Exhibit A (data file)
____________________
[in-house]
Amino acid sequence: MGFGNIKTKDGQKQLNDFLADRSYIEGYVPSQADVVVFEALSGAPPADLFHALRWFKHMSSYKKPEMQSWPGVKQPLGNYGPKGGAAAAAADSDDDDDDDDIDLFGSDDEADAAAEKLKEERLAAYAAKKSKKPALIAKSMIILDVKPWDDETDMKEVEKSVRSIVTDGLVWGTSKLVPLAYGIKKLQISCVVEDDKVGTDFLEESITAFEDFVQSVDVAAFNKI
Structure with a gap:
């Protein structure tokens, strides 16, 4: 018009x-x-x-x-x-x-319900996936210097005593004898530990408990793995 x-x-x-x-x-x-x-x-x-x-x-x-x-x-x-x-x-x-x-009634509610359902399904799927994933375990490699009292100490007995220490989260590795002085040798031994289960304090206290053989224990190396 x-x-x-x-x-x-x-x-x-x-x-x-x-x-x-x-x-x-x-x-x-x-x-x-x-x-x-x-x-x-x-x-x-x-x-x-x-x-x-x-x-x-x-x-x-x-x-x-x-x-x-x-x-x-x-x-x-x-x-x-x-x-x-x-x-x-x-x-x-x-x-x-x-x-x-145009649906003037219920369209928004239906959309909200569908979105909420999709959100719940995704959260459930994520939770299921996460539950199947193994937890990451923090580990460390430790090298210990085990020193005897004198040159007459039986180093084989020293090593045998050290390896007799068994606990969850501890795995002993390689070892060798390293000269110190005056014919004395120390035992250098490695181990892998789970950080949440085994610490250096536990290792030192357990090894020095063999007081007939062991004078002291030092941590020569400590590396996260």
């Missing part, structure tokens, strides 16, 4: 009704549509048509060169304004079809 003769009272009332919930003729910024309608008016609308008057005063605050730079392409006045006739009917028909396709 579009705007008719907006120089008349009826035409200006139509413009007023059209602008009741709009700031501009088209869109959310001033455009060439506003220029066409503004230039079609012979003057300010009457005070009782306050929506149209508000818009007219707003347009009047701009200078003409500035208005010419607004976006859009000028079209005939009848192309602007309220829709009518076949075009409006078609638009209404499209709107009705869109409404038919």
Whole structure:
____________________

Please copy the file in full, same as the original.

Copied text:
[in-house]
Amino acid sequence: MGFGNIKTKDGQKQLNDFLADRSYIEGYVPSQADVVVFEALSGAPPADLFHALRWFKHMSSYKKPEMQSWPGVKQPLGNYGPKGGAAAAAADSDDDDDDDDIDLFGSDDEADAAAEKLKEERLAAYAAKKSKKPALIAKSMIILDVKPWDDETDMKEVEKSVRSIVTDGLVWGTSKLVPLAYGIKKLQISCVVEDDKVGTDFLEESITAFEDFVQSVDVAAFNKI
Structure with a gap:
């Protein structure tokens, strides 16, 4: 018009x-x-x-x-x-x-319900996936210097005593004898530990408990793995 x-x-x-x-x-x-x-x-x-x-x-x-x-x-x-x-x-x-x-009634509610359902399904799927994933375990490699009292100490007995220490989260590795002085040798031994289960304090206290053989224990190396 x-x-x-x-x-x-x-x-x-x-x-x-x-x-x-x-x-x-x-x-x-x-x-x-x-x-x-x-x-x-x-x-x-x-x-x-x-x-x-x-x-x-x-x-x-x-x-x-x-x-x-x-x-x-x-x-x-x-x-x-x-x-x-x-x-x-x-x-x-x-x-x-x-x-x-145009649906003037219920369209928004239906959309909200569908979105909420999709959100719940995704959260459930994520939770299921996460539950199947193994937890990451923090580990460390430790090298210990085990020193005897004198040159007459039986180093084989020293090593045998050290390896007799068994606990969850501890795995002993390689070892060798390293000269110190005056014919004395120390035992250098490695181990892998789970950080949440085994610490250096536990290792030192357990090894020095063999007081007939062991004078002291030092941590020569400590590396996260």
């Missing part, structure tokens, strides 16, 4: 009704549509048509060169304004079809 003769009272009332919930003729910024309608008016609308008057005063605050730079392409006045006739009917028909396709 579009705007008719907006120089008349009826035409200006139509413009007023059209602008009741709009700031501009088209869109959310001033455009060439506003220029066409503004230039079609012979003057300010009457005070009782306050929506149209508000818009007219707003347009009047701009200078003409500035208005010419607004976006859009000028079209005939009848192309602007309220829709009518076949075009409006078609638009209404499209709107009705869109409404038919």
Whole structure: